2007, seems to be plagued by cost increases wherever we look. ‘Twas always thus in a new year, wasn’t it.’

The first example leaves you with a serves-you-right feeling. I refer to the news that Bolivian miners (not the international companies, but the true patriots) are upset at President Morales’ threat to increase the nation ICM mining export tax by 600 percent.

The second is sadder, but a sign of the workings of the European Commission at its best and worst. I refer to the news that the commission’s plans for chemical policy reform—harmonization of chemical regulations across Europe may increase cost to mining companies.

And no doubt the sought-after increase by miners at the Irish Galmoy mine will increase cost to many, even though it may put more in the pockets of many.

This is a triad of woes & worries, aspirations & improvements at work: politics, regulators, and labor. The usual three. The fascinating thing is that one either side of each of these debates that m ay lead to cost increases are people convinced their cause is right, their actions proper, and justice on their side.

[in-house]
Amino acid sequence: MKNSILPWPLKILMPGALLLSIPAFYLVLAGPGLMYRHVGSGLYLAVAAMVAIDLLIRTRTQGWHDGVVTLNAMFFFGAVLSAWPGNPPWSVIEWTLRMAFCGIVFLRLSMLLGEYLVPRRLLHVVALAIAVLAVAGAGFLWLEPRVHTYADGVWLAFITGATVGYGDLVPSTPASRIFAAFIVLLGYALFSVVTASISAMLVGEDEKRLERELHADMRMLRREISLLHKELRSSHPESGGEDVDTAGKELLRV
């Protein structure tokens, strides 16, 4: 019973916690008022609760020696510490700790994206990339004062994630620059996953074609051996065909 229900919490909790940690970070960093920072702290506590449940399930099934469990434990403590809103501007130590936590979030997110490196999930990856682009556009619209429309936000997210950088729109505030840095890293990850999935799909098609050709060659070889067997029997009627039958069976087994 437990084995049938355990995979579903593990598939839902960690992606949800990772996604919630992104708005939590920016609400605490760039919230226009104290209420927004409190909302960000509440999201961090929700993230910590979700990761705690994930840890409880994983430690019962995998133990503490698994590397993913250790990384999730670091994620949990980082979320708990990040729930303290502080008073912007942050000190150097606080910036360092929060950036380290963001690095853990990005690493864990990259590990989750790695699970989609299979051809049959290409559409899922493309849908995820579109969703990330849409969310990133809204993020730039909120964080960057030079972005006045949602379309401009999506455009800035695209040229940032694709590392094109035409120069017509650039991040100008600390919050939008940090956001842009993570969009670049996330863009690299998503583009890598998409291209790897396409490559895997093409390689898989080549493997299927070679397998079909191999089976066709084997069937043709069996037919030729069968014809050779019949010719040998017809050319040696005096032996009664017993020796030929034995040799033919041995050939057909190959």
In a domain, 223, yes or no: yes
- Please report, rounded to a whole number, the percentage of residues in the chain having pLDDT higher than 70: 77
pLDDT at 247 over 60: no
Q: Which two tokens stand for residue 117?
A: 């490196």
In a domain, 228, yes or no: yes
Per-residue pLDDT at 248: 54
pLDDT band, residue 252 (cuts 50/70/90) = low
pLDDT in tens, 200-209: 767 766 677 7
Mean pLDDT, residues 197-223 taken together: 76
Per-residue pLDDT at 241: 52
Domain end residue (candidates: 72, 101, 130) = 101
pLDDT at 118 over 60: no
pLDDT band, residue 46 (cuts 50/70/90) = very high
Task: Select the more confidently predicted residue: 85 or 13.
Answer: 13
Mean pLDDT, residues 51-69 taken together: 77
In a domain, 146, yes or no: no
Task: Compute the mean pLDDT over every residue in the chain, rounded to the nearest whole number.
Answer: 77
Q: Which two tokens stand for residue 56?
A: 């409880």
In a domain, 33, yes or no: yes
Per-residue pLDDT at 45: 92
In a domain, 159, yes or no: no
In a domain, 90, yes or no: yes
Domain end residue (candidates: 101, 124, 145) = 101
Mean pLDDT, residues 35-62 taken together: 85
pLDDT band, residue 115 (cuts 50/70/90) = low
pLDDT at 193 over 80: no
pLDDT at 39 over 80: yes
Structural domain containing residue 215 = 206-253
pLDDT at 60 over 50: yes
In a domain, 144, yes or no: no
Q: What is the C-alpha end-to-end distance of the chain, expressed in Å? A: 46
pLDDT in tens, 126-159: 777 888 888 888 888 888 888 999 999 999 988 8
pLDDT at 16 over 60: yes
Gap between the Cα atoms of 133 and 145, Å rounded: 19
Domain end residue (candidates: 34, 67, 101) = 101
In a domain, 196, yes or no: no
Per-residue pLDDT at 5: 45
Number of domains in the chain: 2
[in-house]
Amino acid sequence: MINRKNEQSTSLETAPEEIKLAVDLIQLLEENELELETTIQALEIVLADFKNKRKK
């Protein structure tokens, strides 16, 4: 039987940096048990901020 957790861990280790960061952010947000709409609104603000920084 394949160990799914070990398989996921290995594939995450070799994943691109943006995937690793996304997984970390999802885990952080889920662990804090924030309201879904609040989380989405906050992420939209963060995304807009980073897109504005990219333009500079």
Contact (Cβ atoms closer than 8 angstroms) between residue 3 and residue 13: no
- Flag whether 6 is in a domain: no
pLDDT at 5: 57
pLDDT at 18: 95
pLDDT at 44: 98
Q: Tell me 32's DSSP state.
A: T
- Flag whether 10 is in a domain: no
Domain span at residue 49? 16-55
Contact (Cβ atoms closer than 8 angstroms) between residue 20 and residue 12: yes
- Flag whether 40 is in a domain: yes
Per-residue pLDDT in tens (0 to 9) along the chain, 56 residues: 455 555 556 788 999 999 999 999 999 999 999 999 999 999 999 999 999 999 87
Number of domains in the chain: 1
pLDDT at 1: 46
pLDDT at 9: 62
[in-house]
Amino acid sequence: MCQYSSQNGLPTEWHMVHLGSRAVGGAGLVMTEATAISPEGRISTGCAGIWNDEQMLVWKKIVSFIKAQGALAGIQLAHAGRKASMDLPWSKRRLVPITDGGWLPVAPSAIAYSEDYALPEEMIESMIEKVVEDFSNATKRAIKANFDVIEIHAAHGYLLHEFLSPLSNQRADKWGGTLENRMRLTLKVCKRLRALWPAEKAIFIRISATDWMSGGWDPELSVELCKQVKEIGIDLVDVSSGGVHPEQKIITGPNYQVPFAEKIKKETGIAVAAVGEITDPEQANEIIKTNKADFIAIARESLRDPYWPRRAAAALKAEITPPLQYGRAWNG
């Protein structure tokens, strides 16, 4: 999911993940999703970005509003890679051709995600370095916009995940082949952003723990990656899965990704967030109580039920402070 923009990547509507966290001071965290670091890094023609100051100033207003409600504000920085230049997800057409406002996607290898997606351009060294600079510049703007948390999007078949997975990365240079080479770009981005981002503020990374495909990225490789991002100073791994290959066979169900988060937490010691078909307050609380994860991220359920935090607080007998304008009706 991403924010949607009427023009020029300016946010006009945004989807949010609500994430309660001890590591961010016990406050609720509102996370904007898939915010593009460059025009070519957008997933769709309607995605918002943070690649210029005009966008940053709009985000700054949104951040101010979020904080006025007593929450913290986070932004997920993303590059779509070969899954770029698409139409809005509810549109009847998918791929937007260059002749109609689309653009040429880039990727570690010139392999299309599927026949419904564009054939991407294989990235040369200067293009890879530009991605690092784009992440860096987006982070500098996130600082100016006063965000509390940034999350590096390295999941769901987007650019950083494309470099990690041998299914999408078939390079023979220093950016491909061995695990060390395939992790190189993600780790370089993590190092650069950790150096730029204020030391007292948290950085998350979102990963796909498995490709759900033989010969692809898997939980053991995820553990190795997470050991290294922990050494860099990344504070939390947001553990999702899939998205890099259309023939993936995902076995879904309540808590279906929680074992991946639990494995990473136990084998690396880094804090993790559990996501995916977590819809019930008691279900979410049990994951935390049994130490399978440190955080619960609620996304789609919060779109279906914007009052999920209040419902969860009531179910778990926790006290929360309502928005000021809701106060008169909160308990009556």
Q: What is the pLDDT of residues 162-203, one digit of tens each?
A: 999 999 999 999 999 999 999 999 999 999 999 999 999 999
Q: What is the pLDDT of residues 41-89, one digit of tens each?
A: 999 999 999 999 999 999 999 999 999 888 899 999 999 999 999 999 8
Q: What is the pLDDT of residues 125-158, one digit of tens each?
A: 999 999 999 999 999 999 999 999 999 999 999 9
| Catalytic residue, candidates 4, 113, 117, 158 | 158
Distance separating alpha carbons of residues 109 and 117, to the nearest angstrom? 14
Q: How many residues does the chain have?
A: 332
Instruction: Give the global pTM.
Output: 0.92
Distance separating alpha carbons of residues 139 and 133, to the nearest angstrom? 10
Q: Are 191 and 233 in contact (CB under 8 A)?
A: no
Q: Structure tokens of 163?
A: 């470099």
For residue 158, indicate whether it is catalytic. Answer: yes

It makes you wonder if there is such a thing as the absolute truth; if there is indeed such a thing as justice; if there is even a balance somewhere between right and wrong. As a pessimist I think there is not, in spite of Plato and the cave in which resides reality that we see only as a shadow on the wall. I prefer to think of these three cost struggles as more evidence of the competition of memes, those packets of cultural information that transfer from one mind to another and compete for success in the market place of ideas and action.

Or maybe this is just a plain old class struggle at work—the upper class trying to maximize their income and resources at the expense of the lower classes; the haves trying to have more and leave less for those with less. Or are these three stories of advances of the condition of human beings and evidence of what the optimist in me believes is a slow but steady improvement in the human lot? I would love to hear what you think.